Audiences and filmmakers alike attended the premiere of locally-produced short films at New Farm Cinemas on Saturday night (23 October) as part of the Brisbane International Film Festival.
The eight chosen films certainly evoked a wide of variety of moods from the sentimental to the thought-provoking to the humorous. Appropriate then that the ultimate of winner of the Brisbane Shorts was a film that combined all three.
‘Our Greatest Escape’ featured at its centre two wonderful performances that Director Loani Arman never failed to highlight in her direction of a woman dealing with her mother suffering from dementia.
Stephen Lance effectively created suspense and unease over a son’s weekend stay with his father that gradually reveals more and more pain in one of the stronger offerings ‘Torch Song’.
‘Delta Of Venus’ by Nancy Cao, making its world premiere, certainly swung for the fences. Shooting on location to create stylised specific settings and aiming to raise eyebrows, certain parts may have gone on too long and certain messages may have proven too indecipherable to care about, but Nancy’s ambition is commendable. Broken up into three parts, the third made for the most evocative visuals and closed the short film on a high note.
‘Thoughts On The Purpose Of Friendship’ was very Buddhist in its approach, taking in individual moments shared between two friends just hanging out, doing everyday activities. The cinema lit up with laughter and smiles seeing the two enjoy a meal they had just cooked. A clear example of how Director Charlie Hillhouse succeeds in capturing the way a passing comment or a nod can communicate so much between two men. However, some segments go on a bit too long, which is kind of the point, but a little trimming would have been to the benefit of the short.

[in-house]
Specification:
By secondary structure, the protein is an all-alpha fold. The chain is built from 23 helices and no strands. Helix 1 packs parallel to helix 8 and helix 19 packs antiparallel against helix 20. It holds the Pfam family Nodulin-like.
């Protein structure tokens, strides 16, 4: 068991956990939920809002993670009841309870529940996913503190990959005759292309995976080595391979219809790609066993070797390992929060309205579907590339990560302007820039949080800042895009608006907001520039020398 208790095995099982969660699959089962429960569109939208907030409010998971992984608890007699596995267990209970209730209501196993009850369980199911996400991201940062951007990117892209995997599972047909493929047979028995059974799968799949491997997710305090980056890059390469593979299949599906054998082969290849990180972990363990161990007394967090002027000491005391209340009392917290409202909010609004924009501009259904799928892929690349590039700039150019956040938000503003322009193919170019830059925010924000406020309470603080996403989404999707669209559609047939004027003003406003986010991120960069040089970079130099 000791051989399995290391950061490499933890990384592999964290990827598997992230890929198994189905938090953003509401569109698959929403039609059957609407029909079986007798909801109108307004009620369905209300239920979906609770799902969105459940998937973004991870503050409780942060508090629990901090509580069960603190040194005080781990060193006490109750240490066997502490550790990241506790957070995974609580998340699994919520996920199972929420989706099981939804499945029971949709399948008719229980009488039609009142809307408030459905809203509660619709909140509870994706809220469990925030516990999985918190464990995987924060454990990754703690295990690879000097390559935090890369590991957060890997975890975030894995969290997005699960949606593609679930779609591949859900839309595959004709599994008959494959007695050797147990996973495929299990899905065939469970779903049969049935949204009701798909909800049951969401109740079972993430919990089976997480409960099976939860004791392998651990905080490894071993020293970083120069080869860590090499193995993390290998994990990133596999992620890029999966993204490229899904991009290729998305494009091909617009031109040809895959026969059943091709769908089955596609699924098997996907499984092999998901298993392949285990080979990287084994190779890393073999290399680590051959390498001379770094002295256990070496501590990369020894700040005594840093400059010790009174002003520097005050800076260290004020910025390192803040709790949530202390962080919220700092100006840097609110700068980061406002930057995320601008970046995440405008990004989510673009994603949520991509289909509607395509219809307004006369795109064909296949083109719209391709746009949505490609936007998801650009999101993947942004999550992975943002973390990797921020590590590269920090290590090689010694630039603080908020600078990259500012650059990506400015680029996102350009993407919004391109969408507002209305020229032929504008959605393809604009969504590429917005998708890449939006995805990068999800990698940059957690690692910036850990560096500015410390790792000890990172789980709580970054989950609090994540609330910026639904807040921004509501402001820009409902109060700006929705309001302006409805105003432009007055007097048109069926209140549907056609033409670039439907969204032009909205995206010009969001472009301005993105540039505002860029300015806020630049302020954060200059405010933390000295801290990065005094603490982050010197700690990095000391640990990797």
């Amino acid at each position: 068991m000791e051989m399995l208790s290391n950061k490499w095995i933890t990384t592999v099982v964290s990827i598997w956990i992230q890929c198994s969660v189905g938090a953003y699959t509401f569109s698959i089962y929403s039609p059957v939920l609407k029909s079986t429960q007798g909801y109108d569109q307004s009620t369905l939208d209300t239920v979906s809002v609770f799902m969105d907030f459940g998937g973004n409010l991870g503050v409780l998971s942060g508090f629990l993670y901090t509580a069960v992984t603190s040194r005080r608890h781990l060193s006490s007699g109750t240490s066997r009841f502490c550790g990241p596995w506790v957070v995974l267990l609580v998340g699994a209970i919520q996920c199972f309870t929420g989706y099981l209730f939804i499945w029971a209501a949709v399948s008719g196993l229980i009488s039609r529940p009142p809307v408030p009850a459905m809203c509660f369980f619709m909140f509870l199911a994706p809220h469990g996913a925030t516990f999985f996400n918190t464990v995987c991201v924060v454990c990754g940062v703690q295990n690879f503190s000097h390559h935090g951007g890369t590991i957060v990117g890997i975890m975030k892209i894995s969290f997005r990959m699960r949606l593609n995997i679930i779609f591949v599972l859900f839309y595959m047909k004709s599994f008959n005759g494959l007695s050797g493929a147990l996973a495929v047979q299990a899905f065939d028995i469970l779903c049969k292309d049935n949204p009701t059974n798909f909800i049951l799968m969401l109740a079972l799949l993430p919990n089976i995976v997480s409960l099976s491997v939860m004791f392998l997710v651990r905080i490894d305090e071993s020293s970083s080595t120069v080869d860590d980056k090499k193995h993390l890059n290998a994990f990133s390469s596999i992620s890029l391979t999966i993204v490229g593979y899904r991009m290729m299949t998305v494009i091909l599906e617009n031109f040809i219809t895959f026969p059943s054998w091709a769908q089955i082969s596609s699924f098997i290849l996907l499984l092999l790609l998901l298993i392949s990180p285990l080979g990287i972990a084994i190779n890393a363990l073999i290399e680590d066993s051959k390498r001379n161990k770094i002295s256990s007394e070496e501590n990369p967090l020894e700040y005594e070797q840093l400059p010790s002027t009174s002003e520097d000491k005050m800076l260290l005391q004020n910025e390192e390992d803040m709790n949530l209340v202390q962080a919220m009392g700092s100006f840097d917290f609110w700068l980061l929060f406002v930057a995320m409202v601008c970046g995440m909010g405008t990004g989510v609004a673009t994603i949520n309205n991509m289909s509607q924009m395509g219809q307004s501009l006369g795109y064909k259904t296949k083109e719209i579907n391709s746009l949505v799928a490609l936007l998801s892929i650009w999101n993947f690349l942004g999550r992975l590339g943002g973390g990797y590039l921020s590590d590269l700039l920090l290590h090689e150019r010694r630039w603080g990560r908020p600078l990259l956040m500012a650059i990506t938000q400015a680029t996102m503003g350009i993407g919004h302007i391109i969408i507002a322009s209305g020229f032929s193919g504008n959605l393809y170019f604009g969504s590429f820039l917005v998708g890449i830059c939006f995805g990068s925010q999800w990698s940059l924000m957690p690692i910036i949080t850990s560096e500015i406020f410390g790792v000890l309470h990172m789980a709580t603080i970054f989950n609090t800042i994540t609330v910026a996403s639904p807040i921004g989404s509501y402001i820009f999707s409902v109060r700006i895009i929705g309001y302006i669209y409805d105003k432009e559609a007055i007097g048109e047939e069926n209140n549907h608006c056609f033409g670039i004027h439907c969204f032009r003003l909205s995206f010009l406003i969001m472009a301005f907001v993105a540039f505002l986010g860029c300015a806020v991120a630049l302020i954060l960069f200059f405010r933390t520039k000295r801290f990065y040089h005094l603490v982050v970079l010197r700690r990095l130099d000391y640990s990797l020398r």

Brodie Rocca’s ‘Perfect Park’ is a simple concept perfectly executed in the telling of a couple trying to parallel park a moving truck into a tight space creating several giggles.
James Latter’s ‘Home’ is similarly effective but has hidden depths, as slowly items in a 30-something’s house keep going missing, rendering his single and unemployed existence even more helpless. The subtext is brimming to the surface here, giving the funny piece an acute pathos and marking it out too as one of the stronger offerings.
‘Metropius’ directed by Dan Macarthur was a great looking animation short, probably intended to create interest in funding a further series or feature. Set in a futuristic noir world, the animation was a visual feast, even if some of the character facial expressions remained minimal.
‘Jarli’ a fellow animated piece from Chantelle Murray and Simon Rippingale fared better with the character animation but had no lesser ambitions in terms of scale. A short, concise, eight-minute tale about a girl in Outback Australia pursuing her dreams to take flight higher and higher.
With a winking nod at youth as well as a sincere love letter to the sheer optimism of their dreams, this simple tale told well ultimately won the night, but as it turns out everybody won in a way, by getting to see the work of all our talented local filmmakers.